A child’s development isn’t hinged on one aspect of growth — like physical health or emotional stability. Poverty doesn’t just attack one area of a child’s life. To help a child break free from poverty, we need to address every aspect of a child’s development. That’s why our program helps children develop in four key areas: physically, cognitively, emotionally and spiritually.
Today, let’s look at how our church partners help children develop cognitively.
Many of the children we serve come from families where parents were unable to finish school, often due to a lack of resources. This limits employment options and often parents barely make enough to provide for their families. Without an education, their children follow in their footsteps, continuing the generational cycle.
When you sponsor a child, you’re ensuring he or she receives a primary school education and are helping to pay for things like school supplies, fees and uniforms. In the case of youth, sponsorship supplements the cost of secondary school education or, in situations where that isn’t feasible, provides them with alternatives like vocational training or access to apprenticeships.
But every child — and every situation — is different. That means sometimes, staff need to find creative ways to help children access an education.
13-year-old David from Honduras has Attention Deficit and Hyperactivity Disorder (ADHD), and struggled with a speech impediment that inhibited his ability to communicate. He was so aggressive toward his peers and disruptive at school that at age ten, he was refused further enrollment. Unsure how to address his needs, the tutors at his Compassion center decided to take a course to learn how to better work with children with special needs.
In addition to helping them understand David’s needs and provide him with specialized care at the program, center staff helped David enroll at Juana Leclerc Private Institute, considered the best school in the area for children with special needs. With regular therapy, David has overcome his speech impediment and, through the school’s individualized approach, he now relates well with his classmates and is thriving at a grade-six level.
Carine from Burkina Faso was also able to access individualized education for her own circumstances. The 19-year-old high school student had to repeat grade ten due to poor marks. Most schools here are overcrowded with an average of 90 students per class, making it difficult for students to get one-on-one help with their schoolwork. Schools also lack basic infrastructure, resources and well-trained teachers.
But a few years ago, Carine’s Compassion center set up a library to support students in their studies, and now Carine, who is determined to not only improve her grades but to graduate and continue on to university, spends most of her time there studying. The center also organizes academic tutoring to support students like Carine who are preparing to take their exams.
Learning doesn’t just happen in a classroom. Income-generation workshops, like this baking course in Ecuador, teach valuable skills that not only give young people employable skills but help them decide what they might like to do when they graduate. Workshops are held for everything from welding to electrical work and carpentry, hairdressing, weaving, computer classes — whatever skills are in demand in that child’s community.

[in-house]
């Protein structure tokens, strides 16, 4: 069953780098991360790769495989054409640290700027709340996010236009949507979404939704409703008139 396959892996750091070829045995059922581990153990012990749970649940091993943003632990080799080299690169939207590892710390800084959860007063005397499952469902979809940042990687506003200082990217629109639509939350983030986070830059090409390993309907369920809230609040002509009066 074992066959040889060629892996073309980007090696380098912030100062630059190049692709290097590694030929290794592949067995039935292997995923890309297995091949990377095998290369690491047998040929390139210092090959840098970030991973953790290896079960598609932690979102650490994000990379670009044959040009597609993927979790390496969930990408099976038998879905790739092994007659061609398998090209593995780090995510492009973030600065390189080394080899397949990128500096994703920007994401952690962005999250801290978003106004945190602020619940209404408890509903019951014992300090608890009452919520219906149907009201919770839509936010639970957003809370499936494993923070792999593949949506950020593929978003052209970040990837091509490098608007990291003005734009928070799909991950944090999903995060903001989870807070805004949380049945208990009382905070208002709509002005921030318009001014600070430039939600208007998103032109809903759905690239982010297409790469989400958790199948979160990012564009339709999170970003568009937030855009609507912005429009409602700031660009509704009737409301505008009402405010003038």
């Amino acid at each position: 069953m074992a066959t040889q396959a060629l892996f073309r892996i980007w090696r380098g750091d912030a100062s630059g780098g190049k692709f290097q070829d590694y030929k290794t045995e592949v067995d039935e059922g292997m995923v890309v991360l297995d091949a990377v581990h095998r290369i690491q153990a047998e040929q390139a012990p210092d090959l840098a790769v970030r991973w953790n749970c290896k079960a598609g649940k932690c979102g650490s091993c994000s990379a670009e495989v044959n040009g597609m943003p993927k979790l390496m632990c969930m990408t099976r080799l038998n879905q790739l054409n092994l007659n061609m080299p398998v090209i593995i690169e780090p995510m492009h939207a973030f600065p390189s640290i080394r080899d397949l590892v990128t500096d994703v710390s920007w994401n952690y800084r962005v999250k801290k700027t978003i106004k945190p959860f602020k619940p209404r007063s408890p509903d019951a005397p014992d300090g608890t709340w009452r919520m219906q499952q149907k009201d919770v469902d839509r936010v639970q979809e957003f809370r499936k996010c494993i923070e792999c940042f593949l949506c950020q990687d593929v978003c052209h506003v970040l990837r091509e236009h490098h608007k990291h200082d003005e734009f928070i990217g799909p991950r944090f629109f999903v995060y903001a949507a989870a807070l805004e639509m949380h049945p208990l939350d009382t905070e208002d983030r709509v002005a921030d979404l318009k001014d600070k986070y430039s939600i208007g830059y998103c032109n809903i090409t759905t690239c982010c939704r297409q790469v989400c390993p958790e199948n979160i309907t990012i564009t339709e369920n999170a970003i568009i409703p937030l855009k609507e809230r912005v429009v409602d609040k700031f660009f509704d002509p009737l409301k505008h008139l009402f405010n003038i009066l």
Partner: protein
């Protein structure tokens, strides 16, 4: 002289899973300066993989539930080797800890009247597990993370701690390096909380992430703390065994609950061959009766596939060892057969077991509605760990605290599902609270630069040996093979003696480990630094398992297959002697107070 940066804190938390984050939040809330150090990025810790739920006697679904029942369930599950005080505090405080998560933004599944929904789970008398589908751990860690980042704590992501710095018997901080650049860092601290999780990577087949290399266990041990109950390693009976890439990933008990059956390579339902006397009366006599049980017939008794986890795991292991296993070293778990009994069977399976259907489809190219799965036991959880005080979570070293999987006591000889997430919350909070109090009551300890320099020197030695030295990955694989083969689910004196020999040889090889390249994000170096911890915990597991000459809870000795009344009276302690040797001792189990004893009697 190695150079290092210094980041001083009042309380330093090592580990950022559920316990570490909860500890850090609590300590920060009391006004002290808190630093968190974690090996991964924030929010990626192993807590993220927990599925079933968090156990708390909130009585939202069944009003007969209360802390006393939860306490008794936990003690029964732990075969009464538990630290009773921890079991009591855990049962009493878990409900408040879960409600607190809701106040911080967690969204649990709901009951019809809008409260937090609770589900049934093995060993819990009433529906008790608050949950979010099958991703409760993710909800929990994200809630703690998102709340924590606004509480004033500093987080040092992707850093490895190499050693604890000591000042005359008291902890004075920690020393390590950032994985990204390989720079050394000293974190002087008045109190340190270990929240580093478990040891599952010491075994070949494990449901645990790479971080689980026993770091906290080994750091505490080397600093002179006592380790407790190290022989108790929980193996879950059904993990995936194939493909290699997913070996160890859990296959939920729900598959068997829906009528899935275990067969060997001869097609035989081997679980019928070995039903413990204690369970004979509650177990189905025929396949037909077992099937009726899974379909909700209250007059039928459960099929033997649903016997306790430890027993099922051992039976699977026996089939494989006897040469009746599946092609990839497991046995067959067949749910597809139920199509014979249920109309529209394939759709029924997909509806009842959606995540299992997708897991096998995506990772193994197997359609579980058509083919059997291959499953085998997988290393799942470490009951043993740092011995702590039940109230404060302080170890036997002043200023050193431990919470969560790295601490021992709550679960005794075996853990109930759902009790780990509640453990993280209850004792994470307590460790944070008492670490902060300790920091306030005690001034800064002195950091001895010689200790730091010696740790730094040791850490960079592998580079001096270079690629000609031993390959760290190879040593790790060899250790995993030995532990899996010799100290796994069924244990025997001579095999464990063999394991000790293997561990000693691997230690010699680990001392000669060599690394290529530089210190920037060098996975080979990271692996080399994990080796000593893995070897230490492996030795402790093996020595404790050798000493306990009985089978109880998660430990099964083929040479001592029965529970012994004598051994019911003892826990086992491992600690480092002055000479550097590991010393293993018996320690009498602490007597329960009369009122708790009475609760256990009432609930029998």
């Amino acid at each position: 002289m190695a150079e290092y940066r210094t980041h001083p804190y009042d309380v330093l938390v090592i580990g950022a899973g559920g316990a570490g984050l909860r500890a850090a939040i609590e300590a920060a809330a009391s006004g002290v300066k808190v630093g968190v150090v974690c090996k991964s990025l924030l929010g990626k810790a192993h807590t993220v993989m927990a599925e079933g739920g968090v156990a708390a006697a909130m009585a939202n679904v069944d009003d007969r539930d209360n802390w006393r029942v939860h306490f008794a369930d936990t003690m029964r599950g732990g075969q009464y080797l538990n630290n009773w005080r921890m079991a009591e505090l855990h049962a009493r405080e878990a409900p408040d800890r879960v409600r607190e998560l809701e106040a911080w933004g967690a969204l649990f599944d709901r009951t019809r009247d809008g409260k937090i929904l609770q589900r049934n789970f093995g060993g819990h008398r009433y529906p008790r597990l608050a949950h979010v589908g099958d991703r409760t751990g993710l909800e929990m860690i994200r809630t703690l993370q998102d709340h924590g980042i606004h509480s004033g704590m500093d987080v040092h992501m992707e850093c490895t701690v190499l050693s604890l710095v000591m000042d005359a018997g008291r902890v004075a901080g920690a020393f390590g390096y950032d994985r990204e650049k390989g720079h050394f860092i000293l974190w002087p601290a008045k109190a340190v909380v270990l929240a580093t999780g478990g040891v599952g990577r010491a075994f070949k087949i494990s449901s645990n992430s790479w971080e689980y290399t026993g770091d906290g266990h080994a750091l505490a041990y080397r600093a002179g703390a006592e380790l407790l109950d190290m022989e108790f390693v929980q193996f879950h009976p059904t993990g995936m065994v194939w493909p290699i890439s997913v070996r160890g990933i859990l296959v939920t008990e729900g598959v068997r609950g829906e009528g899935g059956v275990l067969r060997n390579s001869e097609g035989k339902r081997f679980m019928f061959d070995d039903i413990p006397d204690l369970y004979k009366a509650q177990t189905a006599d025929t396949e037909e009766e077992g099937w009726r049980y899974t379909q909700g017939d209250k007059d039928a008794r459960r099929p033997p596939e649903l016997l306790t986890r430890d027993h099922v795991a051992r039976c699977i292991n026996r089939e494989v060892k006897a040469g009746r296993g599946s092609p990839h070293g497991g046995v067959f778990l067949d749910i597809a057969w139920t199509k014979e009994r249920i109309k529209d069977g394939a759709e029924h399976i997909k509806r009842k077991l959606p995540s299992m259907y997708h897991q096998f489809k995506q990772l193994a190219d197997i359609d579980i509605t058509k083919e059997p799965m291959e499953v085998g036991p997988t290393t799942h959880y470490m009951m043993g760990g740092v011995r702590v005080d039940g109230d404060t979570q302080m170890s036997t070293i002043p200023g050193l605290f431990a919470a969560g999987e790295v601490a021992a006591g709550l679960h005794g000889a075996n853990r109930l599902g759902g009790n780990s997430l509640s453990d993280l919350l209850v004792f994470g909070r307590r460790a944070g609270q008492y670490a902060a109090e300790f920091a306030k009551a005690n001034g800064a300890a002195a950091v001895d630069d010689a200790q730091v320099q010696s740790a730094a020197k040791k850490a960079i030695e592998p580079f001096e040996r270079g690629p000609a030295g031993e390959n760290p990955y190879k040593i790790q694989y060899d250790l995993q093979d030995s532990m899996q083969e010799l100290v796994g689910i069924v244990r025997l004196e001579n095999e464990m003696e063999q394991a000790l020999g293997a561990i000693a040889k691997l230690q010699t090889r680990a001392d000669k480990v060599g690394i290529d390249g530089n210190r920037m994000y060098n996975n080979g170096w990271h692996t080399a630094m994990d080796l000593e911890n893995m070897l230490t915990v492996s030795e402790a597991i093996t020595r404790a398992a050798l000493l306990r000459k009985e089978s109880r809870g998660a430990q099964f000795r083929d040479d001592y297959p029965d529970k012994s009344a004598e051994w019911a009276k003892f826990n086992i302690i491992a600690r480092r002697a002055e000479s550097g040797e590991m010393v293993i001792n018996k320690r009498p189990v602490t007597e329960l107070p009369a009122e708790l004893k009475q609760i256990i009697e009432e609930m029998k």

While our program focuses specifically on child development, we also recognize that helping parents improve their circumstances directly affects their child’s wellbeing. That’s why in communities where the need is great, our church partners might help provide literacy classes for parents. This mom, Aniseta from Bolivia, had to leave school in the second grade, but now she is learning to read through her son’s Compassion center!
Education isn’t just about finishing school. Parents who receive training in disease prevention can improve their family’s overall health. Communities who are educated about stigmatized diseases like Hepatitis or HIV are more likely to come forward and receive testing or treatment. Parents also learn how to prevent and treat common illnesses in their community.
These are just a few ways your sponsorship is helping a child develop to their full potential. Thank you for your continued support. It makes such a difference!
This article was originally published by Compassion Canada. Photos and reporting by Nico Benalcazar, Juana Ordonez, Galia Oropeza, Daniel Robson and JehoJakim Sangare.
2 Comments |Add a comment
I’m new to being a sponsor, my parents have done it my whole life but this is the first time for me. I have two that I sponsor, today I came across a little girl that I knew God was telling me I needed to sponsor. On her bio under education it says (Needed Finances not Available). I have now spent a few hours looking through blogs to see if I could understand it better but I can’t. What does this mean for her, and is this common for sponsored children?
Thank you for sponsoring your three precious children, Sarah! We do see that finances are not available for educational purposes from time to time, but it is not necessarily common among all the children that are registered with us. Essentially, that means that this child’s family cannot afford to send them to school, but through our programs, this child will receive informal education and tutoring from their project. You are welcome to send us an email at [email protected] if you have any additional questions. We are happy to help!